Why are you sick during the PMS
Premenstrual Syndrome (PMS) & Premenstrual Dysphoric Disorder (PMDS): Causes
The exact triggers of the symptoms in premenstrual syndrome have not yet been clarified, despite decades of research. According to the current state of knowledge, neither ethnic origin, culture, nor socio-economic status seem to have an influence on the development and severity of PMS. Why one woman is affected and the other, with the same hormonal situation, not, still raises questions.
Given the variety of symptoms, however, a single cause is excluded. Rather, it is a multifactorial disorder - that is, several factors are responsible for the symptoms. This is why many experts today describe PMS as psychoendocrine dysfunction. As a malfunction, the causes of which are to be found in the psyche, in the nervous system and in hormonal control. It is believed that the cyclical changes in sex hormones influence the production and activity of other hormones and neurotransmitters. This applies above all to the neurotransmitter serotonin: its concentration fluctuates with the hormonal changes in the menstrual cycle. After ovulation, the content of the nerve messenger in the body steadily decreases. Shortly before menstruation begins, it then sinks rapidly into the cellar.
Hypersensitivity, interactions and shifts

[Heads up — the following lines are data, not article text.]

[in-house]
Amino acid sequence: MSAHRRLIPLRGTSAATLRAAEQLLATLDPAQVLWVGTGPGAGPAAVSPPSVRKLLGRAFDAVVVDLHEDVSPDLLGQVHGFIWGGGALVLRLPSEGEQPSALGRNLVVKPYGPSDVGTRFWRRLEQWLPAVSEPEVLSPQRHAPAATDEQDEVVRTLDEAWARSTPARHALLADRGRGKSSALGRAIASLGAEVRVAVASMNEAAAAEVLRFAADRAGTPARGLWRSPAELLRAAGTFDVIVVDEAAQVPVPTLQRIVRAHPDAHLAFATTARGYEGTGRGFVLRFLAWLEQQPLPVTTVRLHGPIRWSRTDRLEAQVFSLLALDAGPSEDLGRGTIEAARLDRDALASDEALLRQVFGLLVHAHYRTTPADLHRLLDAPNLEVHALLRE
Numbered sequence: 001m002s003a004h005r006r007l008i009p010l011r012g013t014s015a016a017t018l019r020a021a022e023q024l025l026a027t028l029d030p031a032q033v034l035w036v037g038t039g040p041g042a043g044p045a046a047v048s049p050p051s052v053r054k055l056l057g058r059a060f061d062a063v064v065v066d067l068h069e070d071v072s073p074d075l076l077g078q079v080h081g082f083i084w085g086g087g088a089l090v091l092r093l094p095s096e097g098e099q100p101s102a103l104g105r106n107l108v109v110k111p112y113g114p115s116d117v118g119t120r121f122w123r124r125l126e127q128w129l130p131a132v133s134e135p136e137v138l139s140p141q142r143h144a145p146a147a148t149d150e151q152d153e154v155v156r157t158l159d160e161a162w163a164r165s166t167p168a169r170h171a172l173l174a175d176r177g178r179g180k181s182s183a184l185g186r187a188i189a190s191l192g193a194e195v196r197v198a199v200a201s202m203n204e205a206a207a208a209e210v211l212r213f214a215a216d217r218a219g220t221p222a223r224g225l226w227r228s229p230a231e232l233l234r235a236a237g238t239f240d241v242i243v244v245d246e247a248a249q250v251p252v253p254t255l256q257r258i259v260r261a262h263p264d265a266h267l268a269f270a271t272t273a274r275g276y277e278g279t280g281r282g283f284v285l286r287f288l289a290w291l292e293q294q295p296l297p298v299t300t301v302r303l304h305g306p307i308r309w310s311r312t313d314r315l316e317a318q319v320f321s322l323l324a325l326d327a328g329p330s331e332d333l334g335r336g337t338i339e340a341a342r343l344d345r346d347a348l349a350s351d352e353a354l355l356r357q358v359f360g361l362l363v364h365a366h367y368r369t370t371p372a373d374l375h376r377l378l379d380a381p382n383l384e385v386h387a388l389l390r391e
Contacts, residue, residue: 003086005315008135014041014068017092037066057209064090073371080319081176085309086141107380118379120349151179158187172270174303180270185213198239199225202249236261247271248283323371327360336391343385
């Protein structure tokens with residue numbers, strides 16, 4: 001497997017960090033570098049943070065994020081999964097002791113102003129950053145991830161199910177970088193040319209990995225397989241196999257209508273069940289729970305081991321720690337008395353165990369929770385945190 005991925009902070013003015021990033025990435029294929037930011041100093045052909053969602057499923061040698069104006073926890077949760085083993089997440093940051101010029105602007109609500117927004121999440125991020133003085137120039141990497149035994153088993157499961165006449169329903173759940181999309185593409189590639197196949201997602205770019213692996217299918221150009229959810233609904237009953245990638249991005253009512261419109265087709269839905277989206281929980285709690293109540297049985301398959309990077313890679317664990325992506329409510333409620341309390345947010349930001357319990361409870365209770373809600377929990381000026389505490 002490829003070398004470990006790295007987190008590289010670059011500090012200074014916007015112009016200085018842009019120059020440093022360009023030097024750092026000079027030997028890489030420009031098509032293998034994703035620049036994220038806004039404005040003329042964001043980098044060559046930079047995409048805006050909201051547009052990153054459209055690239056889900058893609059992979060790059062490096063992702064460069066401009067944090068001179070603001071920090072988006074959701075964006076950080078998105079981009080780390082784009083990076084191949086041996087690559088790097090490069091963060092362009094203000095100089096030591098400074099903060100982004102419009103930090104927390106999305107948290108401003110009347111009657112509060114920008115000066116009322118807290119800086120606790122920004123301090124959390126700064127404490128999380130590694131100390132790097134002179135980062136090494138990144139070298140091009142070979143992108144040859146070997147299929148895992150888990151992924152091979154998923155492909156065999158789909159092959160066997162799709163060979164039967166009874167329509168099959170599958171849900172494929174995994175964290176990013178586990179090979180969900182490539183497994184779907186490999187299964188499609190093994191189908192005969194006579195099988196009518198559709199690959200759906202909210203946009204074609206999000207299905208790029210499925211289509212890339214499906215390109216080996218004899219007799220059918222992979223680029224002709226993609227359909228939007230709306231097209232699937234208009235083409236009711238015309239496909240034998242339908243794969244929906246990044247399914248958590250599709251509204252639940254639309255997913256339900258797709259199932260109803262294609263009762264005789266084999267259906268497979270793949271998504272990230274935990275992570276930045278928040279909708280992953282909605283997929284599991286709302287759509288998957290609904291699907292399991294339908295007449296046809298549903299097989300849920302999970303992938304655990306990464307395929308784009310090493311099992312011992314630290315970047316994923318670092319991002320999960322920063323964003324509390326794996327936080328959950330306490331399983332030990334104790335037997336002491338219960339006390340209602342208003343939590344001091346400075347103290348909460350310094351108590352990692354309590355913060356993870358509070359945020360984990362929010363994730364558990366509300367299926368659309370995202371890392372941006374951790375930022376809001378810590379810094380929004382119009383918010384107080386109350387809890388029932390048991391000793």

In the case of PMDS, a biological cause has now been proven: According to this, there is a genetically determined hypersensitivity to sex hormones.
There is also a clear connection with hormonal changes in the second half of the cycle after ovulation and the onset of menstruation. Apparently, the tendency to PMS increases when the luteal hormone (progestin) progesterone is produced in the second half of the cycle, while at the same time the estrogen release decreases. With the appropriate predisposition or particular stress, physical and mental complaints typical of PMS can occur.
Some women also seem to be more sensitive to the breakdown products of progesterone. An interaction of progesterone with, for example, serotonin is also being discussed.
In the second half of the cycle, there is also a natural increase in the hormone prolactin, which is produced in the pituitary gland. This stimulates swelling of the mammary glands (mastodynia) and can cause unpleasant pain.
The hormonal fluctuations can also lead to shifts in electrolytes and the fluid balance.
In addition to the above-mentioned influences on PMS, a reduced melatonin level and hypothyroidism are also discussed as causes. Lifestyle, especially diet and exercise, also play a major role in PMS: It is now accepted that too much sugar, caffeine, alcohol and nicotine and too little exercise favor premenstrual syndrome.
If the transition to the second half of the cycle and the menstrual period are prevented by medication or surgery, these women will not experience symptoms of premenstrual syndrome.
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